A frilled shark sounds like an animal that would be at home at a tea party, with frills and ruffles, right?
The frilled shark, Chlamydoselachus anguineus, is actually a terrifying, serpentine shark with 300 needle-sharp teeth lining its mouth in neat rows. It’s also a shark that has been around for a long time. According to the Wikipedia article, “belongs to one of the oldest still-extant shark lineages, dating back to at least the Late Cretaceous (about 95 Mya) and possibly to the Late Jurassic (150 Mya).” There are possibilities that perhaps it’s not quite that old, however.
Some scientists speculate that when nineteenth-century sailors reported seeing “sea serpents,” they may actually have been seeing frilled sharks. Frilled sharks are typically deep-sea dwellers, but in recent months, a large number of these beasties have turned up, 28 (!) in Tokyo Bay, and the most recent off the coast of Portugal. In the latter case, at least, scientists were looking deep beneath the ocean waves (at around 2,300 ft, or almost half a mile down). But clearly, nineteenth-century sailors must have seen such critters surfacing, since they were not doing any deep-sea diving while sailing the oceans.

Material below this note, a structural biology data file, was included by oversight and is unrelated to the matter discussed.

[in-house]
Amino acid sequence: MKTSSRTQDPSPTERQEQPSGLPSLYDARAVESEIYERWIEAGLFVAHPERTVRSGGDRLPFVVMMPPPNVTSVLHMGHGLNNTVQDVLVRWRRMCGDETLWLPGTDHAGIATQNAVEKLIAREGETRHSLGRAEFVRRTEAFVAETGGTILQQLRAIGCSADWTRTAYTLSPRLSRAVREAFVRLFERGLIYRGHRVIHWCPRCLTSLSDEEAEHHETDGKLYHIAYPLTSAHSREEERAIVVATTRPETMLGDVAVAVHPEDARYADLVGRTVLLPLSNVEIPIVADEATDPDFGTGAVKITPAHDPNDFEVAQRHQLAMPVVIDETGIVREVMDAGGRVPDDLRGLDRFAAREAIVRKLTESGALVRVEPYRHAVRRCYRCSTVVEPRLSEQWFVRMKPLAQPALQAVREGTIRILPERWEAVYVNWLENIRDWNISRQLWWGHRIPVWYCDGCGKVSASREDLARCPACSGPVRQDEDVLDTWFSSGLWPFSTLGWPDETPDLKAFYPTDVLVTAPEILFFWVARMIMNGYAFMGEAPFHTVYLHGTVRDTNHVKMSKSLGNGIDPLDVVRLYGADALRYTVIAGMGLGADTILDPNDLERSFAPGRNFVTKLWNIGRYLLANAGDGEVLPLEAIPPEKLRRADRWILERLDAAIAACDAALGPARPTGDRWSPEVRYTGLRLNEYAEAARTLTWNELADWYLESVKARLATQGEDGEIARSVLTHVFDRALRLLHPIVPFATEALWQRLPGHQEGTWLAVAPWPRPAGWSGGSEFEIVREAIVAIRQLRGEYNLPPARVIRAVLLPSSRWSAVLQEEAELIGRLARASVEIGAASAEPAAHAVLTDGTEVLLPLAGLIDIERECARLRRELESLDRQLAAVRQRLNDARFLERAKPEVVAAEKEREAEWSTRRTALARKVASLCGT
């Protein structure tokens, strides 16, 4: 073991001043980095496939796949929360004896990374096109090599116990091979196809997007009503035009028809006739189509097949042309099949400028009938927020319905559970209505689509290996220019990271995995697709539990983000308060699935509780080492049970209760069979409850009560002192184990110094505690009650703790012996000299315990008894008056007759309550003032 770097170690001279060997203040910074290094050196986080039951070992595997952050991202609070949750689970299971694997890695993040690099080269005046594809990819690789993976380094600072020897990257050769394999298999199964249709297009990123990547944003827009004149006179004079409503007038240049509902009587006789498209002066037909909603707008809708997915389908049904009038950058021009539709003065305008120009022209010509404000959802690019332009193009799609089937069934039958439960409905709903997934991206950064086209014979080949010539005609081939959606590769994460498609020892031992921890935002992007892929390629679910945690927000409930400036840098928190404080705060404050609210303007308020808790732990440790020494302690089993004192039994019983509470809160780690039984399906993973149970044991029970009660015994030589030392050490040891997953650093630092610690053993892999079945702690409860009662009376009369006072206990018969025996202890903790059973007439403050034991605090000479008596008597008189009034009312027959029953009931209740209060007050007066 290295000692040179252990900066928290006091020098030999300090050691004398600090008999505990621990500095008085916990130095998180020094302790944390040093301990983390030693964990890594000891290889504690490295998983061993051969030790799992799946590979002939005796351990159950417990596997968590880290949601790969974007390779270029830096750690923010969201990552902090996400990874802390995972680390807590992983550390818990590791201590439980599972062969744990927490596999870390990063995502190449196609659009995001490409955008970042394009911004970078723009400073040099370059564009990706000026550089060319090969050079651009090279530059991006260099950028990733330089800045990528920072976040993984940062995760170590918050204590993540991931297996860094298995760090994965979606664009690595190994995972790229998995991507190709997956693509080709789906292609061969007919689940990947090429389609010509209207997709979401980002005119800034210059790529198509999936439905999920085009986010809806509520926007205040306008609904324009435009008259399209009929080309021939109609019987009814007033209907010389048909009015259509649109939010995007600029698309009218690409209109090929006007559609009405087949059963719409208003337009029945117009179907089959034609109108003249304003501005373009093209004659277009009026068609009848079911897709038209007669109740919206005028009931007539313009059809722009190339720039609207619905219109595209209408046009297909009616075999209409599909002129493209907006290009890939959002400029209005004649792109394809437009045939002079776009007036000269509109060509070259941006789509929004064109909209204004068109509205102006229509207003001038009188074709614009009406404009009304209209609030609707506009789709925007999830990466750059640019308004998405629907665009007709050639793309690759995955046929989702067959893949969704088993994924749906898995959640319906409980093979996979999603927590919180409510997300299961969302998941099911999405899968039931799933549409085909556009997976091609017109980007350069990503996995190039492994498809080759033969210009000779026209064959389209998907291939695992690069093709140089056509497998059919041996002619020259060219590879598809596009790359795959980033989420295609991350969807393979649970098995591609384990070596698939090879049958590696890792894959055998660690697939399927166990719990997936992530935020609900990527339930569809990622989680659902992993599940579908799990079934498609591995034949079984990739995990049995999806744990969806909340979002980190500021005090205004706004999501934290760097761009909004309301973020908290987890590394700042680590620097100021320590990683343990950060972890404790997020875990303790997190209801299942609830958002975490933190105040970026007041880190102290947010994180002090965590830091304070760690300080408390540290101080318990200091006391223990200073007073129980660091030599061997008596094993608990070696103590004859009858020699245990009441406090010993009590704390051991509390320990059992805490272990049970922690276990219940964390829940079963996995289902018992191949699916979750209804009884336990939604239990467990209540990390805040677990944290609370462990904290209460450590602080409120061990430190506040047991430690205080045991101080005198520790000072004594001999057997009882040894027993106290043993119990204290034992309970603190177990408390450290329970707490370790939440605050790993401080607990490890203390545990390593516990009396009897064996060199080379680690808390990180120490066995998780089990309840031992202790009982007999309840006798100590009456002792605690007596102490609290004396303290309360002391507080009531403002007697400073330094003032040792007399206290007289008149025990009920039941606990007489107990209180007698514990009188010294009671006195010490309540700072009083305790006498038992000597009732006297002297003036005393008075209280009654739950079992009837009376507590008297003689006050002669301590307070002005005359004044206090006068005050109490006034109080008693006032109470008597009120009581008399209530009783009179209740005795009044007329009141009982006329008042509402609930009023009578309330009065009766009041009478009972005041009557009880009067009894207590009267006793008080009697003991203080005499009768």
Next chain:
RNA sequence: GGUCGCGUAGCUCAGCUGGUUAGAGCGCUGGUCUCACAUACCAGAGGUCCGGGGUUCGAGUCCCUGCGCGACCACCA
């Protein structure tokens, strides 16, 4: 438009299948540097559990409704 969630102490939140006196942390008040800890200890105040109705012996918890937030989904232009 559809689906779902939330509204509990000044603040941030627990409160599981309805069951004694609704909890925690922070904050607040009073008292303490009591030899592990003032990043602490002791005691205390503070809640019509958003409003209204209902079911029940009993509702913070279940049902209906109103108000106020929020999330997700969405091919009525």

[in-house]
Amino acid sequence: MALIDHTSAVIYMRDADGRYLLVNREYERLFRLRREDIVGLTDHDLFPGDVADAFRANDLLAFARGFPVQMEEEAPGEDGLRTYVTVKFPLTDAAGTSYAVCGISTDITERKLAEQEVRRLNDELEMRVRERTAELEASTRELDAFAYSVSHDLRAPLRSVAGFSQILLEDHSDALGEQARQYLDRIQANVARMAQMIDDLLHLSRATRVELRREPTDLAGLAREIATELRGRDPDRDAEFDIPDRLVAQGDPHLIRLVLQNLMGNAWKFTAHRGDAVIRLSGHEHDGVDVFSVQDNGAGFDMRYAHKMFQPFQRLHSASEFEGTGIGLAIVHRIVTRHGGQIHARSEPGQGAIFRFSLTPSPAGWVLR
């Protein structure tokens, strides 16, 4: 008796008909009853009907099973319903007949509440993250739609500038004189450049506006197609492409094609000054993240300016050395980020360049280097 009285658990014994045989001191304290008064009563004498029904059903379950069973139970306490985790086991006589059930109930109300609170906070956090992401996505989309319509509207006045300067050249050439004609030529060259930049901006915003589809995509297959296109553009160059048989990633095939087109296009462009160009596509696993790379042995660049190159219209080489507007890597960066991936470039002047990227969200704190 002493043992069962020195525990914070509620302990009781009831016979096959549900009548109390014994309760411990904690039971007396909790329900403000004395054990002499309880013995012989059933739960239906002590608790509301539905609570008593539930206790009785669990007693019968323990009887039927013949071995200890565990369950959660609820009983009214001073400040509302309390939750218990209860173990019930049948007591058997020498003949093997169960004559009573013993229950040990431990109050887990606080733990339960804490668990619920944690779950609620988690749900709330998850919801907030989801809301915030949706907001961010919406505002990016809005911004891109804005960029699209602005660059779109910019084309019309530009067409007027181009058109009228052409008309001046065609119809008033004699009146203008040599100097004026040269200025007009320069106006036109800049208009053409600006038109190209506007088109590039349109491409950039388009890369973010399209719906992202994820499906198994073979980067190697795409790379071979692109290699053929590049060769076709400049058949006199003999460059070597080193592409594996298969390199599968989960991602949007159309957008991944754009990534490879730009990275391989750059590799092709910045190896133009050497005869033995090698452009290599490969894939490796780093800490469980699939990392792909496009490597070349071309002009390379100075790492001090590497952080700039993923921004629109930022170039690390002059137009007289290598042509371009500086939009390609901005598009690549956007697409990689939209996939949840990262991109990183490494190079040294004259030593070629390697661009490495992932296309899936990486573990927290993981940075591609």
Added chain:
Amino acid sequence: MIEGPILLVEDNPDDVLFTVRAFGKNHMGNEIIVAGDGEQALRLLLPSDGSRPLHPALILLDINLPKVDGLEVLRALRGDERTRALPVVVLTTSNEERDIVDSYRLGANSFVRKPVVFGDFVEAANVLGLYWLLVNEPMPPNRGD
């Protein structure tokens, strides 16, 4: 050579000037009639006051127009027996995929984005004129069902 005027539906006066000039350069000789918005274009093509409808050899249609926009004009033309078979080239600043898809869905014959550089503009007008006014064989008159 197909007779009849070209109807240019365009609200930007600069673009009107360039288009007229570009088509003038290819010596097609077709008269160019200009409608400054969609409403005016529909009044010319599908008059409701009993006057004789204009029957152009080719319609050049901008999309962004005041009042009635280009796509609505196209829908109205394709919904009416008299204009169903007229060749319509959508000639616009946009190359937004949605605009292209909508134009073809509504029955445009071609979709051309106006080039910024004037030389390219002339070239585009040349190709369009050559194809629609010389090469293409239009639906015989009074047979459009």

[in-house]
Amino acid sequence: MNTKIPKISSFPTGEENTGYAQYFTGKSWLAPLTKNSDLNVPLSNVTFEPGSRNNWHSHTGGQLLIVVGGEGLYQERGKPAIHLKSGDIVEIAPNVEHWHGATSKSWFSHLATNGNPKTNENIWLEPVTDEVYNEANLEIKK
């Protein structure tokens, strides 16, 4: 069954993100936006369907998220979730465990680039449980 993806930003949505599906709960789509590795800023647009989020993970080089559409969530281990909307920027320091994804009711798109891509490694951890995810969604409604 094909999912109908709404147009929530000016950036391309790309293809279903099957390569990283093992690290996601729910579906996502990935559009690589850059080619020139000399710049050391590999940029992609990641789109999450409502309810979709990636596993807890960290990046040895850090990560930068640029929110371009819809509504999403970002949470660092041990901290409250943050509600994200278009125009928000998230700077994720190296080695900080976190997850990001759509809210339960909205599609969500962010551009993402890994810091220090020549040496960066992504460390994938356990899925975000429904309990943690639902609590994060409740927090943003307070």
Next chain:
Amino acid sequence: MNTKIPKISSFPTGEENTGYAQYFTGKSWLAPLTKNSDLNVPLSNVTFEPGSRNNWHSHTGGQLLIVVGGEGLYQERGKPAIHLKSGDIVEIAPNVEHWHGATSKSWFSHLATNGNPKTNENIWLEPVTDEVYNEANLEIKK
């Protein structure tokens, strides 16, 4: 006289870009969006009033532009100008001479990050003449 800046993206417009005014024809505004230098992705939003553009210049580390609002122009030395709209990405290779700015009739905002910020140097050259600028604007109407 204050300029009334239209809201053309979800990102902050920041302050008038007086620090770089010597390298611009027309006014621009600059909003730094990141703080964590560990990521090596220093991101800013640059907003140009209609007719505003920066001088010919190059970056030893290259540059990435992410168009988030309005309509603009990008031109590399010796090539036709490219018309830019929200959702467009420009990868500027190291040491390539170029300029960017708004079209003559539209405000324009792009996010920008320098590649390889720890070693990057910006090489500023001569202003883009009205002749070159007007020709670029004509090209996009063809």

So while you likely won’t come across a frilled shark during your day at the beach, you never know!